And if anything forces you to abandon the car, you can always use cords (such as bungee or para cords) to attach your sleeping bag to the backpack. It will add some weight, but at night, you will realize that it is definitely worth the effort.
The same applies to other items like water bottles. Attach them to the outside of your backpack and save the inside compartments for items that should not be exposed to the external environment.
Things to Have In Your 3-Day Survival Kit
Up to this point, you have a pretty comprehensive guide on how to stock your 3-day survival kit. Now comes the big question, what exactly should you put in that survival kit?
First aid kit
Your chances of surviving up to three days will be very close to zero if you stay with untreated wounds. That makes a first aid kit a complete must-have. While you can get a ready-made kit on the market, it is always better to build your own. That way, you can add/remove the necessary/unnecessary items as you see fit. On top of that, building your own will result in you understanding the kit more than if you buy it from a store. But, you also need to ensure that your kit has everything that you might need.
For your basic supplies, be sure to include:
- band-Aids and bandages
- duct and adhesive tapes
- cotton balls
- plastic bags
- disposable gloves
- sanitized tissues
- antiseptic cream
- and soap
When it comes to meds, stock your first aid kit with painkillers, antihistamine, activated charcoal, aloe Vera gel, meds for diarrhea and meds for allergies. If you have a special condition (e.g. asthma), you should also include medication for that.
Finally, prepare for emergency situations by including emergency phone numbers and your medical history. If you are in a group (such as family), make sure you also include their medical histories and consent forms.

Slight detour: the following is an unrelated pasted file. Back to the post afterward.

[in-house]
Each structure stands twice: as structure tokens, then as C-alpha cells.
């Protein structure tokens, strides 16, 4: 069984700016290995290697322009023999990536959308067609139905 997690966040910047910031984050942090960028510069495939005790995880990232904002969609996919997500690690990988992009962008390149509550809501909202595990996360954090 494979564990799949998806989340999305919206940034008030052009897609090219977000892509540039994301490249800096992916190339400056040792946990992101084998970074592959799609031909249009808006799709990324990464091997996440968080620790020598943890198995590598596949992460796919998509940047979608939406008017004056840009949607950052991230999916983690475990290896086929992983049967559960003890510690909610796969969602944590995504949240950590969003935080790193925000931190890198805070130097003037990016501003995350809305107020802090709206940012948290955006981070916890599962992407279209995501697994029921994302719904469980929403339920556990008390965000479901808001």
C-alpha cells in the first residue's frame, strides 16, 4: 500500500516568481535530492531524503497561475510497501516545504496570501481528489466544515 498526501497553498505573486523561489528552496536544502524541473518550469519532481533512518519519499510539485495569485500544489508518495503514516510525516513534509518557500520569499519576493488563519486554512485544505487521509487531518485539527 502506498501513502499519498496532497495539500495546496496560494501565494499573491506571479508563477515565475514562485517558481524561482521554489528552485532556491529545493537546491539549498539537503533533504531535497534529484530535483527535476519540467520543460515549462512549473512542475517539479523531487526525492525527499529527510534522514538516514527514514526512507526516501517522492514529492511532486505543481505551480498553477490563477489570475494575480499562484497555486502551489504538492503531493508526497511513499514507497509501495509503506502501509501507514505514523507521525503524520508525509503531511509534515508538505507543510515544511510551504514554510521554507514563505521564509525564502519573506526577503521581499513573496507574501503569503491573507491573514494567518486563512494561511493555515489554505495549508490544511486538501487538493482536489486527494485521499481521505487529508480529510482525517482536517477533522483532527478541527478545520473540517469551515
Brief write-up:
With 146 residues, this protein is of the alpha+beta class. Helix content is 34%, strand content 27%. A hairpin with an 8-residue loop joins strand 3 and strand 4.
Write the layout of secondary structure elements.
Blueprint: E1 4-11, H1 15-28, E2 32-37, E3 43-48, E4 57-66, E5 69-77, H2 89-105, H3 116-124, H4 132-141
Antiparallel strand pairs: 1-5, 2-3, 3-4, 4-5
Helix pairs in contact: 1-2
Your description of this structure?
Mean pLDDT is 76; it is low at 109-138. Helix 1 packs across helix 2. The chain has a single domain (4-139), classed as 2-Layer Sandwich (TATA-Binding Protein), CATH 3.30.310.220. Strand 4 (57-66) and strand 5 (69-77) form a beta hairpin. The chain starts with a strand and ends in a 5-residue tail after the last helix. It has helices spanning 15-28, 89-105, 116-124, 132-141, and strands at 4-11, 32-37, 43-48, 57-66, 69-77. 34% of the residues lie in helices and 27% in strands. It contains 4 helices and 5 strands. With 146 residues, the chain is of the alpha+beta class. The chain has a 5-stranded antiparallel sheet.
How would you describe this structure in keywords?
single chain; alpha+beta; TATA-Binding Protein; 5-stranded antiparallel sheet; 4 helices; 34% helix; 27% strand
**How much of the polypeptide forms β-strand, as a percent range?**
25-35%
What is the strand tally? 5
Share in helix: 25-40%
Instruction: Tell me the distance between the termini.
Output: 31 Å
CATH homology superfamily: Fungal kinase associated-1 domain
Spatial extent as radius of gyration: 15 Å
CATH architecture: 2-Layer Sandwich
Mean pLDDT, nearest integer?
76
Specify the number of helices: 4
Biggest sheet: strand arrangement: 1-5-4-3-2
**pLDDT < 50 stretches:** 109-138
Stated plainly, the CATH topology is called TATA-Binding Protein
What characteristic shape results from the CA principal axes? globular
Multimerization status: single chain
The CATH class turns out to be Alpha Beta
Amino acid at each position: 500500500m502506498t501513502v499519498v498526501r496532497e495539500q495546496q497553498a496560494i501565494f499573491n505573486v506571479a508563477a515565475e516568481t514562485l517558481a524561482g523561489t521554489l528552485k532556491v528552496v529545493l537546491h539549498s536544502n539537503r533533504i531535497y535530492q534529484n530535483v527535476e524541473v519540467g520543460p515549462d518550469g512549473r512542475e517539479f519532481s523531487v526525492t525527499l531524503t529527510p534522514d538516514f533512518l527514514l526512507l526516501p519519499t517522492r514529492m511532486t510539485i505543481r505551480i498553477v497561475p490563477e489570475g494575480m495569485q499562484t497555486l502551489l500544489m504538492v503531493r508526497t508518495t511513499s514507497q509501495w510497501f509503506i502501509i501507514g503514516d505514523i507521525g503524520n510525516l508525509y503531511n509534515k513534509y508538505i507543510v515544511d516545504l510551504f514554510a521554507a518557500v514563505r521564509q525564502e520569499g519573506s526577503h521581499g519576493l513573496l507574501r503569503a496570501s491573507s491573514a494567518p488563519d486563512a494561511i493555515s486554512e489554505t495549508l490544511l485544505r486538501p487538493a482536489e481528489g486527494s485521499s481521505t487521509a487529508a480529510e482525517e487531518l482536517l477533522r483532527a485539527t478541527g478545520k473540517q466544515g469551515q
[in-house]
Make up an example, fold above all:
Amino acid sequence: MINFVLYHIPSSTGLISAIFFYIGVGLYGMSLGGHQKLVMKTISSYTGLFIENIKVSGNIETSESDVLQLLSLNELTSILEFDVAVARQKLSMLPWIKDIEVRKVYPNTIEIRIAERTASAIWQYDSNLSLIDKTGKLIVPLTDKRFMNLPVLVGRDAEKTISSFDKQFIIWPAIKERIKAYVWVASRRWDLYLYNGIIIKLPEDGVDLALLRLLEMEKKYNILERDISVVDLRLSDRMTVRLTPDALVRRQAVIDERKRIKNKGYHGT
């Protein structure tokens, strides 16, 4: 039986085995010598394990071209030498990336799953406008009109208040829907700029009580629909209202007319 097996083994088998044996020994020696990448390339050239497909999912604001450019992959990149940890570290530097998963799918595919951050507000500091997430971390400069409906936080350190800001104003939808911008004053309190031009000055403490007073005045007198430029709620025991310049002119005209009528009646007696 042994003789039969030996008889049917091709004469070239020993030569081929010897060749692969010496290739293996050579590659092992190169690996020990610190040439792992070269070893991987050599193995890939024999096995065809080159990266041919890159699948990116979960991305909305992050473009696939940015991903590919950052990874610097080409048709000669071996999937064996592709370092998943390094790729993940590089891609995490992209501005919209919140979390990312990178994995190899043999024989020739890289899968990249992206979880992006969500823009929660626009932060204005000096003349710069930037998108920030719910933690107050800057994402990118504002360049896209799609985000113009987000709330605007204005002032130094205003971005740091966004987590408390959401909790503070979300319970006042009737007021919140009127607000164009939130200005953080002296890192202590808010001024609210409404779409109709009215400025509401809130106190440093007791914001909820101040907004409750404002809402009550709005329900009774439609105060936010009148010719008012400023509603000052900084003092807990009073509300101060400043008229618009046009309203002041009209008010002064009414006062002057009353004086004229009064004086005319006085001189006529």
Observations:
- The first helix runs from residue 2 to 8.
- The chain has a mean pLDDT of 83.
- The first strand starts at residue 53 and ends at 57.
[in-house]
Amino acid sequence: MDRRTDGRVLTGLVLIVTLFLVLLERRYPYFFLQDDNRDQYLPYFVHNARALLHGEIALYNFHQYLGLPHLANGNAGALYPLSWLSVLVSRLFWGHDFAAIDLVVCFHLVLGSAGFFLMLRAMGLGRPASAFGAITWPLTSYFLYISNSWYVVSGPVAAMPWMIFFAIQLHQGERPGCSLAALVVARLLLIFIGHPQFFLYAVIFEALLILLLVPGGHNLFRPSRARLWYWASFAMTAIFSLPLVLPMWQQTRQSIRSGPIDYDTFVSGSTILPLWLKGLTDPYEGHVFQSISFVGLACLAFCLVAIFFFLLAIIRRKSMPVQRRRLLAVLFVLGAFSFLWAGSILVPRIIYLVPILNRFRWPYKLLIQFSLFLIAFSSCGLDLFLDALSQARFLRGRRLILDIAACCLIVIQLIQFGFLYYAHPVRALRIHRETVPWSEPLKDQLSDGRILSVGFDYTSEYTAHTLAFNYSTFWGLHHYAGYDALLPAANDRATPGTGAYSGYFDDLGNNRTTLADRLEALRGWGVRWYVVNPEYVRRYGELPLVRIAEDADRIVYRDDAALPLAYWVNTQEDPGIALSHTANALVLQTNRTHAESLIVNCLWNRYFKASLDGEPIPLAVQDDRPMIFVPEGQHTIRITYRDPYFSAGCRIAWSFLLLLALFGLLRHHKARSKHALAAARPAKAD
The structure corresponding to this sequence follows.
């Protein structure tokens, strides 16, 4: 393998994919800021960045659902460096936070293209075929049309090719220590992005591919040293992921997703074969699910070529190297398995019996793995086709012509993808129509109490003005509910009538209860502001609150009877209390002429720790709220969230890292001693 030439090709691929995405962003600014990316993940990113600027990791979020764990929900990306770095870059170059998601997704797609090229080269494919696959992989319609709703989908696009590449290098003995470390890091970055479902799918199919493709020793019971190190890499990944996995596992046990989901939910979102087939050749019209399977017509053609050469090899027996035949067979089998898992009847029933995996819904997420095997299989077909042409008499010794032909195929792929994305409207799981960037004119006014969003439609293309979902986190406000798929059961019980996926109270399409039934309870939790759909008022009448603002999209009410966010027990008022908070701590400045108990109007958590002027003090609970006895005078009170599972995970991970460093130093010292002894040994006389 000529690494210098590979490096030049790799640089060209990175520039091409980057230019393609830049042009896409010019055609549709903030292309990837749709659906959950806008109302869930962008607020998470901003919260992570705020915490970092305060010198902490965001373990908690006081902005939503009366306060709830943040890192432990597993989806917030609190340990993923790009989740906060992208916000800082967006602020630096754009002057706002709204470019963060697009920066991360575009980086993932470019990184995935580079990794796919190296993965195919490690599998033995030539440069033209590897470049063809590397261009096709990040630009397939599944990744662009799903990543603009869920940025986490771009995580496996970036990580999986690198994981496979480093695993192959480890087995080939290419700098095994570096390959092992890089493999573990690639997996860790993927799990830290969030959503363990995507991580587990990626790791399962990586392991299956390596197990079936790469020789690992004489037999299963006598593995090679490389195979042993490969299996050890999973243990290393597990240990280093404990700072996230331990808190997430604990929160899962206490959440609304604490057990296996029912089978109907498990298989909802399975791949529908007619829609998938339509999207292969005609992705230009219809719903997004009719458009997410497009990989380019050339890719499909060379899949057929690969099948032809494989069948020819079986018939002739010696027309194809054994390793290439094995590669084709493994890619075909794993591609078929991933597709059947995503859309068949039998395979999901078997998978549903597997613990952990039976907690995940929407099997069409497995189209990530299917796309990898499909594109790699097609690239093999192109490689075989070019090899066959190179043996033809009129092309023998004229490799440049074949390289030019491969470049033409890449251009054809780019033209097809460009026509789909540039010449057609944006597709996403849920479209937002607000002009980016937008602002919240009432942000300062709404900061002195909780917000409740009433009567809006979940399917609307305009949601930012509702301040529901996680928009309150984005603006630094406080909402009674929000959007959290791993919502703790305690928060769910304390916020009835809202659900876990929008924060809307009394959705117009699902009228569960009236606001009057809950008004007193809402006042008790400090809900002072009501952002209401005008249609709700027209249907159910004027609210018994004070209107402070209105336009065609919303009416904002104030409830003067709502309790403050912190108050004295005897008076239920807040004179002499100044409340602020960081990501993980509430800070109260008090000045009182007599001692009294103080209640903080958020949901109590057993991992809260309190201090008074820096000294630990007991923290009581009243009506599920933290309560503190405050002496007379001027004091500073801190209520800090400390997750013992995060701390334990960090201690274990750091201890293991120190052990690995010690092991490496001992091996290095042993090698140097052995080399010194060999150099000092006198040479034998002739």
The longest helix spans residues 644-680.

Once your kit is fully furnished, store it in a waterproof pack. That shouldn’t be a hard thing to do because you can just use a plastic bag for that. It will protect the kit, in case it rains.
Dehydration will kill you faster than starvation! You can go for up to three weeks without food, but you can’t last more than three days without water. To avoid exposing yourself to that risk, make sure you have at least three liters of clean drinking water. An adult needs one liter per day, so for your 3-day survival kit, three should be enough.
Since you are packing your bag beforehand, it is safe to assume that you have the time and luxury of packing clean water for drinking. But for the sake of the unforeseeable future, it is advisable that you have a water purifying system or tablets in your survival kit. If the emergency situation is not fully handled after three days, you might be forced to search for water from springs, rivers or ponds. Most likely that won’t be clean water, so you will have to purify it before drinking.
You won’t be able to accomplish much if you are starving, so food should certainly be in your survival kit. Since you will be trying to reduce your bag’s weight as much as possible, lightweight food options make for a perfect choice.
We are talking about things like dried fruits, energy bars, nuts, canned foods, powdered soup and chocolate bars among others. The good thing is that those food options can last for months or even years.
This is yet another obvious entry to this list. Add some warm clothes in your survival kit. That shouldn’t change whether you are preparing for summer or winter emergency situations. Seeing as space is a huge issue, it wouldn’t make sense to pack lots of sets of clothes.
Instead, you can just include a pair of waterproof boots that are made for all seasons, two pairs of socks, Lycra underwear that will keep your skin warm and dry, wind and waterproof pair of pants, a hat and a bandana.
A bandana is essential on account of its versatility. You can use it as a head gear, a scarf, a wrist/armband or to wrap around wounds.
While most people usually assume that a tent is the first option for a temporary shelter, it is not exactly as great as a tarp in an emergency situation. That is because a tent is heavier and bulkier. On the other hand, a tarp is very light and easy to fold and carry. So, given a choice between a tent and tarp, the latter makes more sense for a 3-day survival plan.